Mr. 'Supply-side Economics' Art Laffer is still doing his best to con Fox viewers into believing that his trickle-down snake oil works.
January 2, 2015

If anyone was wondering how the talking heads over at Faux "news" were going to handle the news that the economy has been improving, despite the claims of impending doom from the talking heads in our media and from those on the right for some time now, well, here you go.

Peter Morici wasn't the only hack on Fox this week doing his best to continue to push the failed trickle-down policies that Republicans have been lying about since their anointed one, St. Ronnie was in office.

It was upside-down land on Neil Cavuto's show this Thursday as well, with former Reagan economic adviser and resident joke Art Laffer doing his best to pretend that the reason the economy is doing better now is because we've stopped stimulus spending. Never mind that recent reality is biting the two of them in the butt.

Rough transcript below:

CAVUTO: Heading into 2015, the president taking a big bow for the outgoing 2014 and taking plenty of credit with the sixth straight year of gains, and he tells NPR, real job gains too. He credits his policies, which is exactly what worries former Reagan economic adviser Art Laffer. Why Art? More government?

LAFFER: Well, I hope he doesn't do more government, but I don't think he's going to be successful with that. If he wants to increase stimulus spending of any sort, I think the Republican House and the Republican Senate will hold him back. Now, there's some areas where I think we will get a little more government. I think for example the sequestration on military will be removed and we'll be able to get some military spending in there to go after ISIS and this, but in general there is not going to be a period of stimulus spending in any way, shape or form.

CAVUTO: But, you know, the president is going to go back and you and I know that any president, Republican or Democrat goes back on the metrics, you know, the measures by which we all look at how a president's term fared. He'll talk about the performance of the markets, big run-ups. He'll talk about the improvement in jobs from what it was when he took office and say under his stewardship things turned around mightily and you can credit stimulus, you can credit my programs for that. Do you?

LAFFER: Yeah, I don't think those are the correct metrics that he's using. I mean, if you look at employment as a share of the adult population, which is about as broad a metric as you can get, it fell continuously from 2000 down to where it is now, a little bit above fifty nine percent. It was at sixty four and a half percent when Clinton left office. It's been a very bad period and there's no sign of it re-rising rapidly at all.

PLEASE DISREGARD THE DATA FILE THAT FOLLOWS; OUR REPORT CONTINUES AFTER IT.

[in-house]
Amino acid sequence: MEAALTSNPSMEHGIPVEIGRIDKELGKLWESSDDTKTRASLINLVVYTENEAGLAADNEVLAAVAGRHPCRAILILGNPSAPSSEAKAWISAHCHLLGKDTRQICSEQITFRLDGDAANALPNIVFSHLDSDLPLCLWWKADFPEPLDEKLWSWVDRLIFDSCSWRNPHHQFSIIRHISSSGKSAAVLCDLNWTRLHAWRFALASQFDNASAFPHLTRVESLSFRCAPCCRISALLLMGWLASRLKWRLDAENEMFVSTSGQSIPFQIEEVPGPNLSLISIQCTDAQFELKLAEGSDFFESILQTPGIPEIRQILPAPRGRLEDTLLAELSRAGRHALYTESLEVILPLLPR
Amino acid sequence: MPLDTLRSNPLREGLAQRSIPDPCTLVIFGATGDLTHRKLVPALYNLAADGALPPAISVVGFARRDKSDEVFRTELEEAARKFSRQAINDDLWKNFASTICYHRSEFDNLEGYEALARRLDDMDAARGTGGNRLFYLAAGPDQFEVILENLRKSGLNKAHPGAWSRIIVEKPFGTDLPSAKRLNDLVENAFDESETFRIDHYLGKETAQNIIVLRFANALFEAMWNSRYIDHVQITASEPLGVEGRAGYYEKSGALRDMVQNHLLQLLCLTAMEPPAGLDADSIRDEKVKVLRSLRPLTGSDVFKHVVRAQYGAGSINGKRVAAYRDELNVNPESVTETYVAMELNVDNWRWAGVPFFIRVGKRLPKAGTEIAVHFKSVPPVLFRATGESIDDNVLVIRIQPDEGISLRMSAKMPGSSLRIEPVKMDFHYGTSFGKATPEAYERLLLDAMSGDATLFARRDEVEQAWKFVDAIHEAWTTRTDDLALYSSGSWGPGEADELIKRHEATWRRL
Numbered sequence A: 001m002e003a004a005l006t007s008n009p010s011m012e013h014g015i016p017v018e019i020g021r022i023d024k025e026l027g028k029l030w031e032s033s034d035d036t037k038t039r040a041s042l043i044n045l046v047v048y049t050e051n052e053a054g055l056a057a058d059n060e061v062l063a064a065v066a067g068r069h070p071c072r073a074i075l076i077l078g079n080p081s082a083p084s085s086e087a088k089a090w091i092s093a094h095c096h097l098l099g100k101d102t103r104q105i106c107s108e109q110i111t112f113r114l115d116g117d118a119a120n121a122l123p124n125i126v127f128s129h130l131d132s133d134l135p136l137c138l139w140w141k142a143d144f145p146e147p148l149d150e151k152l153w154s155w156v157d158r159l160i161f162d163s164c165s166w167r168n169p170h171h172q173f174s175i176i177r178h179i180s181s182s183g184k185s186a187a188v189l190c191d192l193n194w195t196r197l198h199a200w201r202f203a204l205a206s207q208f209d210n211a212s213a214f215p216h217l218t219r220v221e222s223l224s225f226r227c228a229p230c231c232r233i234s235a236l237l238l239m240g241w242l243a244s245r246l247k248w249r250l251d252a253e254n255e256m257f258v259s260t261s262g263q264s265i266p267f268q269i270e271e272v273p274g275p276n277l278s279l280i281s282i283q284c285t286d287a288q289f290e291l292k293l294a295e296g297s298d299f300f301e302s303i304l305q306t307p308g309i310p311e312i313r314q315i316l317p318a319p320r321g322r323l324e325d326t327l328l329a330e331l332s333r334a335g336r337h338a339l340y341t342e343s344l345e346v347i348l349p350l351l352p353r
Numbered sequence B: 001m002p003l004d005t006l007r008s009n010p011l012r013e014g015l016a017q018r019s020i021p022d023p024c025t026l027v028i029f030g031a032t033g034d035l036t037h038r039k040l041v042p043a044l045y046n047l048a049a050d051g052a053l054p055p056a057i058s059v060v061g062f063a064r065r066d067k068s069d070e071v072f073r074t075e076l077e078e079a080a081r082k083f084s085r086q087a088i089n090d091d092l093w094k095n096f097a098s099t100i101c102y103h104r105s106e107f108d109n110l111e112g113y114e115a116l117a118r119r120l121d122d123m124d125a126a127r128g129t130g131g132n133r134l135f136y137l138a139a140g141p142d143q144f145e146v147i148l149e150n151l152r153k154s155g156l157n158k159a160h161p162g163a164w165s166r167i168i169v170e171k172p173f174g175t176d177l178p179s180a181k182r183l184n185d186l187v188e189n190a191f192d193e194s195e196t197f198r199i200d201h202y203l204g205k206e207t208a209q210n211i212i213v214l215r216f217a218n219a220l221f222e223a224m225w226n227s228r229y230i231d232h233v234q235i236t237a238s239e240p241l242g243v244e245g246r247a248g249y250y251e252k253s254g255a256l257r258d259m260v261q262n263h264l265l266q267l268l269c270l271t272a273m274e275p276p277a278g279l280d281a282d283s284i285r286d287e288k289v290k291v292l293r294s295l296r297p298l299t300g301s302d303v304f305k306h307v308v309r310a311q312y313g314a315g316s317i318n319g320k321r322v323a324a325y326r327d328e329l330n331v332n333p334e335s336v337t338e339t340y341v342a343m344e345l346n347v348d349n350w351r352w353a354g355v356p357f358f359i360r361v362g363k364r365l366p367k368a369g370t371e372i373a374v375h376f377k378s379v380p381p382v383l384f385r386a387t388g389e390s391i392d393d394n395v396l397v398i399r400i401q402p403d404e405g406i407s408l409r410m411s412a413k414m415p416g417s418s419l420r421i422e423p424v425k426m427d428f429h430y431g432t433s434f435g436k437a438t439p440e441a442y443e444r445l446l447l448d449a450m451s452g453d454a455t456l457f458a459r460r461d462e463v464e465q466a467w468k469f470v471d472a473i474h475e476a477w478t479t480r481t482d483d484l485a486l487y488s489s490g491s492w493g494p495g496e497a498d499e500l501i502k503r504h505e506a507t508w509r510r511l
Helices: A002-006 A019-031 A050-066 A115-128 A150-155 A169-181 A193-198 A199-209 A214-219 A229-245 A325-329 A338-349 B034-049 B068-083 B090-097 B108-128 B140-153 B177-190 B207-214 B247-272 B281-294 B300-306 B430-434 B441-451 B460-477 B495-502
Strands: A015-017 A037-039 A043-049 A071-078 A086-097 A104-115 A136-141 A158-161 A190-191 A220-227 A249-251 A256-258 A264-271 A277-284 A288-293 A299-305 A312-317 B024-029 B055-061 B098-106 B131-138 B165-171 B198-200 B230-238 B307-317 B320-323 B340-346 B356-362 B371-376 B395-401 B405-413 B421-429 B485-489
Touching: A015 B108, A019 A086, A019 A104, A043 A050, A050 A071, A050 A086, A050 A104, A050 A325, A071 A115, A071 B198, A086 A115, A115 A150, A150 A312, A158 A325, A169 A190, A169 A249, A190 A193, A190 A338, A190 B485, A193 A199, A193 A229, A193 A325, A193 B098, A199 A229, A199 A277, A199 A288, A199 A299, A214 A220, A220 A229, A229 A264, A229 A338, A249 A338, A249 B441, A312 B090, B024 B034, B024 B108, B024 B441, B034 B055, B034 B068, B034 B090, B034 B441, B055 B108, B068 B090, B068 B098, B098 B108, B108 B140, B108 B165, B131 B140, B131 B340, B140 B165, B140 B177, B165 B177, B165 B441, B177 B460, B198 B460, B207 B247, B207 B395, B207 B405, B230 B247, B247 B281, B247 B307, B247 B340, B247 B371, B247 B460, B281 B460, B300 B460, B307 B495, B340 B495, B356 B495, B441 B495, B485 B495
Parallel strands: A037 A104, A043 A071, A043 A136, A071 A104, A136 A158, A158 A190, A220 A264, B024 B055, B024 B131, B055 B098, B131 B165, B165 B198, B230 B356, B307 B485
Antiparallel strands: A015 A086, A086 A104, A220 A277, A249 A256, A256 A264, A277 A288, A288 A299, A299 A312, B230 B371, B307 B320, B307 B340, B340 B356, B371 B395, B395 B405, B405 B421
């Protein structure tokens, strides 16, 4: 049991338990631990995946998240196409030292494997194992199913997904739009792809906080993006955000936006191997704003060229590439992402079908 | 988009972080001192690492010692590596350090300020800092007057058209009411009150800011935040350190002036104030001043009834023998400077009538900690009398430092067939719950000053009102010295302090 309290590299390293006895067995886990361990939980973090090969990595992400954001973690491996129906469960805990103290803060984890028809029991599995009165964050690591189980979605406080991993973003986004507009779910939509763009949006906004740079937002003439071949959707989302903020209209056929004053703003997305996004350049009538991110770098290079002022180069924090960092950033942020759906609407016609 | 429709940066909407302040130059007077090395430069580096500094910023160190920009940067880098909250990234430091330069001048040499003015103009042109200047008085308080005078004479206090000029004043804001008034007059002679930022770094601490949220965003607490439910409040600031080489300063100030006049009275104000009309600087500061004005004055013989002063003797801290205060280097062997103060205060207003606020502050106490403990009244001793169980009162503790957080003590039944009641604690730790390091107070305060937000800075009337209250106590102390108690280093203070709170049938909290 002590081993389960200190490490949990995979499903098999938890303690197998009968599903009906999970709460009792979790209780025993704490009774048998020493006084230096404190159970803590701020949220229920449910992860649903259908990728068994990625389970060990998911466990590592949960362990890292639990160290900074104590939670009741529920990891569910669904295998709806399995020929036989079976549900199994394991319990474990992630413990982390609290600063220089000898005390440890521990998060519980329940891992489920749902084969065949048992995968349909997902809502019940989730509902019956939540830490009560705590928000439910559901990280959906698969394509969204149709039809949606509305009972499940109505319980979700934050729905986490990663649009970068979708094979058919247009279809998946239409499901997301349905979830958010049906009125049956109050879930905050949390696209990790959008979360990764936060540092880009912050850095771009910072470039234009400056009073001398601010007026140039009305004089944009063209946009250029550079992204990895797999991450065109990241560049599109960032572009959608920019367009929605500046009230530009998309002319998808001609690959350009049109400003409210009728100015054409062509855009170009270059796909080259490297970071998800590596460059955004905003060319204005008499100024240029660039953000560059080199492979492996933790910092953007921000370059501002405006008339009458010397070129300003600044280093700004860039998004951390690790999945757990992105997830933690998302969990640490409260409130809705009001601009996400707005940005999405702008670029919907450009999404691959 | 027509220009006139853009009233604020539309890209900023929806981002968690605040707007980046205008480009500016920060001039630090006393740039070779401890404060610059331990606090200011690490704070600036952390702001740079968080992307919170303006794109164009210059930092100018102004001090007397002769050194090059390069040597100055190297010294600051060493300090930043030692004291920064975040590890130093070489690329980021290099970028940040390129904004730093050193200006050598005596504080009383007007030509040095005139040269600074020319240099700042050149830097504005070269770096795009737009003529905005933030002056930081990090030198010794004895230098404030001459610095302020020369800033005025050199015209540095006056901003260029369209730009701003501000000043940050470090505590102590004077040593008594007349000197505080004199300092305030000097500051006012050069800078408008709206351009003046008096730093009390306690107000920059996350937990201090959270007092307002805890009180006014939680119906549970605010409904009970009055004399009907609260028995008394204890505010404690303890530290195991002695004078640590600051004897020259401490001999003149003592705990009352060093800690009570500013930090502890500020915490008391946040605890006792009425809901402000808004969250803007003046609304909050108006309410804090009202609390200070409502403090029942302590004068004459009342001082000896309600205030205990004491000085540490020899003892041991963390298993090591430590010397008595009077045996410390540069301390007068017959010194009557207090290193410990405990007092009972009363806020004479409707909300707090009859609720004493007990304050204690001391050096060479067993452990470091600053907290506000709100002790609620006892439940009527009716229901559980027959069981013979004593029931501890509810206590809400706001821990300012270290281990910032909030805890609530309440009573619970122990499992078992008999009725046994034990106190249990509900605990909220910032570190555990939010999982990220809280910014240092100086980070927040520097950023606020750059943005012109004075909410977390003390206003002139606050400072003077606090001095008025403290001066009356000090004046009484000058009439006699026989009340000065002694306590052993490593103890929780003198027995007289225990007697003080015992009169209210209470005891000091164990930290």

And the other thing, if you look at GDP, I mean, the broadest measure of output of the country, real GDP, vis-a-vis trends is at the lowest level it's been since 1947. We're about four, four and a half trillion dollars below that trend. Now, those are the two broadest measures I can think of. I'm sure in Iowa, one corn farmer is producing less than last time. You can always pick and choose these numbers Neil, but in the broad sense this is the single worst recovery in U.S. history and there's no covering it, there's no sugar coating. There's nothing that's going to make this president look like a good president for the economy. It just didn't happen.

Cavuto then asks Laffer to respond to how our economy is doing compared to the rest of the world.

LAFFER: Well, you know, they're just doing a lot of awful policies as well. What happens when these bad economics get into place, they spread the world over. I mean, bad economics are the most tradeable products in time and space imaginable and if all these people are trained at the same universities, Harvard, MIT and these others, it's no wonder that these policies are made. […]

These policies don't work. I've never heard of a poor person spending himself into wealth. It makes no sense whatsoever. And the reason we're now coming out is because all of those stimulus dollars spent are now drying up and government spending as a share of GDP is falling very sharply, which is leading to a modest recovery right now, and I think it will continue and I'm very optimistic about the long term, but the reason why we're having any growth now is because of stimulus spending running off and not being there any more.

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